What will happen now with road infrastructure and bridges
The quality of transport infrastructure in the Czech Republic belongs, according to the report by the World Economic Forum, among the worst in the EU. Nevertheless, its development plays a key role in the development of the state economy.
That is why the National Investment Plan for 2020–50 registers investment requirements of CZK 6 billion for the department of the ministry of transport. That is 77% of the whole plan, which would require about a doubling of the current level of departmental investment. It is evident that this amount considerably exceeds the possibilities of public investment in the Czech Republic and it is probably unrealistic to find financial sources to such an extent. The road network forms one strategic complex and it is necessary to plan its development and maintenance as that, regardless whether it is under state, regional or municipal administration.
Maintenance needs investment
The transport department also has a task to develop the so called smart transport system, that is to equip the transport infrastructure and vehicles with modern technologies, which are to increase transport safety significantly, contribute to the continuity of transport, improve quality of the provided service and support alternative fuel powered vehicles (the so called clean mobility). Everyone can see more dense traffic on our roads and motorways, overloaded railway services on suburban lines and full carparks on the outskirts of the capital. Apart from the expansion and quality improvement of the network of spinal roads and motorways, the priority in the Czech Republic is also to attend to the intensive modernization of railway infrastructure and construction of new high-speed lines in a trans-European network. The condition of bridges often decides about the quality and functionality of the individual sections of the network.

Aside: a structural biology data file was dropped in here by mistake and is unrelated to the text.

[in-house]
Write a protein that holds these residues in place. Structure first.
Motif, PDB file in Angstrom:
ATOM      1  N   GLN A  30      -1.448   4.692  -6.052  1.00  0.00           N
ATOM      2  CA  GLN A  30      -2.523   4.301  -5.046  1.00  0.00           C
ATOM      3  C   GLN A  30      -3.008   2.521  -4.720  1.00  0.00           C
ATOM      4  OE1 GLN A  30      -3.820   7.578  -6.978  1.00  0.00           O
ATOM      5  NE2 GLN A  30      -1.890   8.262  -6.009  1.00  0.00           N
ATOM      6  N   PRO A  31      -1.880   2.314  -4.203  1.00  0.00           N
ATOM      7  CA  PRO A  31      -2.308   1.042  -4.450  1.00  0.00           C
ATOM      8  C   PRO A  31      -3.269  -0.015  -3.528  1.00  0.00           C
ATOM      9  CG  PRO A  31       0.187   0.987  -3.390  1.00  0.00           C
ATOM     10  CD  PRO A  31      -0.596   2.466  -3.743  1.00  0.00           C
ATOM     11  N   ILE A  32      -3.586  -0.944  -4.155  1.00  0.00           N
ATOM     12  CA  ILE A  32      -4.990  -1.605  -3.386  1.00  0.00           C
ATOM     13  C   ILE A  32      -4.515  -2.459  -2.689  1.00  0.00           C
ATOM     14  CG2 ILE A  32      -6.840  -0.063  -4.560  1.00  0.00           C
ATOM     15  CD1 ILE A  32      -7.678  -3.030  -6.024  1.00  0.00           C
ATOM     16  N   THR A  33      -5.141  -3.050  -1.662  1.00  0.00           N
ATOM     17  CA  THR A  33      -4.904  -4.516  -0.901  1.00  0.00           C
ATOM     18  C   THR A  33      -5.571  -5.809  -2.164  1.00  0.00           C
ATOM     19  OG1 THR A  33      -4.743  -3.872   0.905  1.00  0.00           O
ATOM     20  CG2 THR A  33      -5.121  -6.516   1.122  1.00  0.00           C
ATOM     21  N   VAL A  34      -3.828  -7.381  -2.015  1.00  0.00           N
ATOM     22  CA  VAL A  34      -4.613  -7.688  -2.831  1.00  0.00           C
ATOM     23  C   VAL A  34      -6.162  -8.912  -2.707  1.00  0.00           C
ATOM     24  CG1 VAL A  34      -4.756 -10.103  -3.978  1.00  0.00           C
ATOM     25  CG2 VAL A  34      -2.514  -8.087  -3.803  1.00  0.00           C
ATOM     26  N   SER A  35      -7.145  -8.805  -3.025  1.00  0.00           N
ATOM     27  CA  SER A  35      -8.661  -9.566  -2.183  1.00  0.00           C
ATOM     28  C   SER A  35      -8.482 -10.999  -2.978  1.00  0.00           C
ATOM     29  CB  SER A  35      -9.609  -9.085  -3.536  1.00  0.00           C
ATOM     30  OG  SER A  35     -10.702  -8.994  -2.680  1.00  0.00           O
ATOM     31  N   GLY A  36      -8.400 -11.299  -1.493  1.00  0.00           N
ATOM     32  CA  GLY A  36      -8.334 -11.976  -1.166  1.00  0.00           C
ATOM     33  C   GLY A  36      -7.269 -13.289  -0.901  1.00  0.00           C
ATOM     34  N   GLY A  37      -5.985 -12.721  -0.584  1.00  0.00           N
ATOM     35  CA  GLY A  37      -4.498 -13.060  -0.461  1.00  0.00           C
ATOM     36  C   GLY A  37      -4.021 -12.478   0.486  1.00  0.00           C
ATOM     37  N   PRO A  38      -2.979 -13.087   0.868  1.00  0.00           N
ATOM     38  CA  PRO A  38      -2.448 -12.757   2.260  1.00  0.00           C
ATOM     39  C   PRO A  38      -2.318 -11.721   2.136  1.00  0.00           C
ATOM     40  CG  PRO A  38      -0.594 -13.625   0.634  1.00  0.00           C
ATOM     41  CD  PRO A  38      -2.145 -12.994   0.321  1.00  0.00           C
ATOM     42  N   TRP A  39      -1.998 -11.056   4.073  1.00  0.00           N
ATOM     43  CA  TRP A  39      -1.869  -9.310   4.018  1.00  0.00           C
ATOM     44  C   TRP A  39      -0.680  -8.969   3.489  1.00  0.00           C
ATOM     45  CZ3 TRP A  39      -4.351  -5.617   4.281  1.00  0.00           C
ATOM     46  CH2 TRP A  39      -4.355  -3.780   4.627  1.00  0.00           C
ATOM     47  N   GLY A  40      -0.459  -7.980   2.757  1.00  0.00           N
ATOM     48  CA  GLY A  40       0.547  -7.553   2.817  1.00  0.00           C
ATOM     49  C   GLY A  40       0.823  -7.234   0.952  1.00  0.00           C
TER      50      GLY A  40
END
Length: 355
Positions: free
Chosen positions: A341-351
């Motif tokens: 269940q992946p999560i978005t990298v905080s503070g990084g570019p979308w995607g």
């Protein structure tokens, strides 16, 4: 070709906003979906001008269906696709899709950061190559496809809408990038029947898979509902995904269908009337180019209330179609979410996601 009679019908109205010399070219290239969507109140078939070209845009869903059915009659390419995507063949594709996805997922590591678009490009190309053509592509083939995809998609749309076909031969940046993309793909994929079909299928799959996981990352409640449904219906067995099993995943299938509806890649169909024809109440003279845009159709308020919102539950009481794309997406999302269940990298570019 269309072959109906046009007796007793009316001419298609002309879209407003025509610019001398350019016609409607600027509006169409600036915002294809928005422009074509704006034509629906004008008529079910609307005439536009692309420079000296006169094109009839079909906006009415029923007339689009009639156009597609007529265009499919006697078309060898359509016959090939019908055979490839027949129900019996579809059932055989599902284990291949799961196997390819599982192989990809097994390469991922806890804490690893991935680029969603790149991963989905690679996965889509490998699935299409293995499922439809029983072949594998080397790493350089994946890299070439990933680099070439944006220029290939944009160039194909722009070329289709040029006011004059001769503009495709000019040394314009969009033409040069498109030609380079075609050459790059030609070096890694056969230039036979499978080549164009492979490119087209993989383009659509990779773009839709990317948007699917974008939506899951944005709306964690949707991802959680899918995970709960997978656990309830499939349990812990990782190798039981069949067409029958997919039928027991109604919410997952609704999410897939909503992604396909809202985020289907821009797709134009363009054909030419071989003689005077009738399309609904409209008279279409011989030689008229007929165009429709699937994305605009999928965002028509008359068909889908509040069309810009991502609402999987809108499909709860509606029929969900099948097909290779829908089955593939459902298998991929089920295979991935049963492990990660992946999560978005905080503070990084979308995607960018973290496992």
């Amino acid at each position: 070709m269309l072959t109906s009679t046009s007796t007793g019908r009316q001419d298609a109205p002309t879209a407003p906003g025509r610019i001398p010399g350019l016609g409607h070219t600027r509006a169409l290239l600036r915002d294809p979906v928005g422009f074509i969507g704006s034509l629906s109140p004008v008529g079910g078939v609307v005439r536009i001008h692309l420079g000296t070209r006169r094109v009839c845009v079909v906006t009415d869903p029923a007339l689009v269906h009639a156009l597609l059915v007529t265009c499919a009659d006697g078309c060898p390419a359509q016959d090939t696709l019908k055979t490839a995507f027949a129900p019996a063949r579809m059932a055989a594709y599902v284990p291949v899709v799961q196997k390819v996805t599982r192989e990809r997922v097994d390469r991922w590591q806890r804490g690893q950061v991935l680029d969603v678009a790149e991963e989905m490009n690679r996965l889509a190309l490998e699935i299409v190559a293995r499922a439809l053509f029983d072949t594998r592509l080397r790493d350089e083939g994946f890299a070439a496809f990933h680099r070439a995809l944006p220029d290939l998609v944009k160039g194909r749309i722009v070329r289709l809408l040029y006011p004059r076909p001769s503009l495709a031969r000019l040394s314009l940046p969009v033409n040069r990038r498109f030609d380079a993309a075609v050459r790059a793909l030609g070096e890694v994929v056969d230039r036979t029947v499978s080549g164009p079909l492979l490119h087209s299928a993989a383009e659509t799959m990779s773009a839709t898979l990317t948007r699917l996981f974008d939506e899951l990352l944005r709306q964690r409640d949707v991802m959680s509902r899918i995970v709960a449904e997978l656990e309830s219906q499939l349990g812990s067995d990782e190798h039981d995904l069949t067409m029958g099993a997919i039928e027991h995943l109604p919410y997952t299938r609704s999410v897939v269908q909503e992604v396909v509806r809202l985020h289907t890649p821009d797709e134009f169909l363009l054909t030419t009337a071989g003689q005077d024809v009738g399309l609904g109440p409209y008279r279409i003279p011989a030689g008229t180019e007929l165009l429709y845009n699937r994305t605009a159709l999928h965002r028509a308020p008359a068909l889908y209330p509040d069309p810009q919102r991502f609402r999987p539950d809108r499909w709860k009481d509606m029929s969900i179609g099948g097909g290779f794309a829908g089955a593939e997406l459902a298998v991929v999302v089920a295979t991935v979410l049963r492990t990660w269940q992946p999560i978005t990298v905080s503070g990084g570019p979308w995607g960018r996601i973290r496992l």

In the Czech Republic, a sophisticated system of registration and management of bridges was introduced, which is based on legal regulations and technical standards. Nevertheless, the main problem is in the lack of stably allocated financial resources for bridge administration, maintenance and rehabilitation, which should be linked to the value of transport infrastructure within the administration of the individual owners. It is necessary to expect average costs in the amount of a 2% per year of the original investment updated with annual inflation. That means that within 100 years of the planned lifespan of bridges, it is necessary to spend twice the original investment costs for their construction. This area has been considerably underestimated in the long term and the condition of bridges, especially those in regional and municipal administration, keeps getting worse and worse. Nevertheless, road infrastructure will still be expanded considerably. The table states the share of bridges in bad, very bad and emergency conditions, whose load-bearing capacity is reduced by 40, 60 and 80%.
Shortage of specialists
Another problem lies in shortage of human resources. Up to one third of professionally qualified staff have been lacking over the long term. This can be due to the salary situation in state administration, high level of responsibility and considerable requirements with regards to technical education and experience as well as a shortage of civil engineers in the labour market and a declining interest in studying civil engineering at university.
Part of the construction industry financed from public resources might have a stabilizing effect in times of crisis – this opportunity should not be missed. The Czech construction industry has an approximately 8% share in total gross added value; it is comparable with the European level and with a multiplication effect of 3.5, the building industry has a big influence on domestic production. Following the last economic crisis after 2009, the construction industry was the one to take longest time to recover from the crisis again. One of the most important conditions for positive development of construction industry is the long-term stability of public investments. The public sector acquires the majority of works from private contractors. The private sector needs the existence of a long-term investment strategy and financing in order to plan their capacities and investment effectively for at least five years ahead. Education, research and development in this area also urgently needs a counter-cyclical policy for public investment.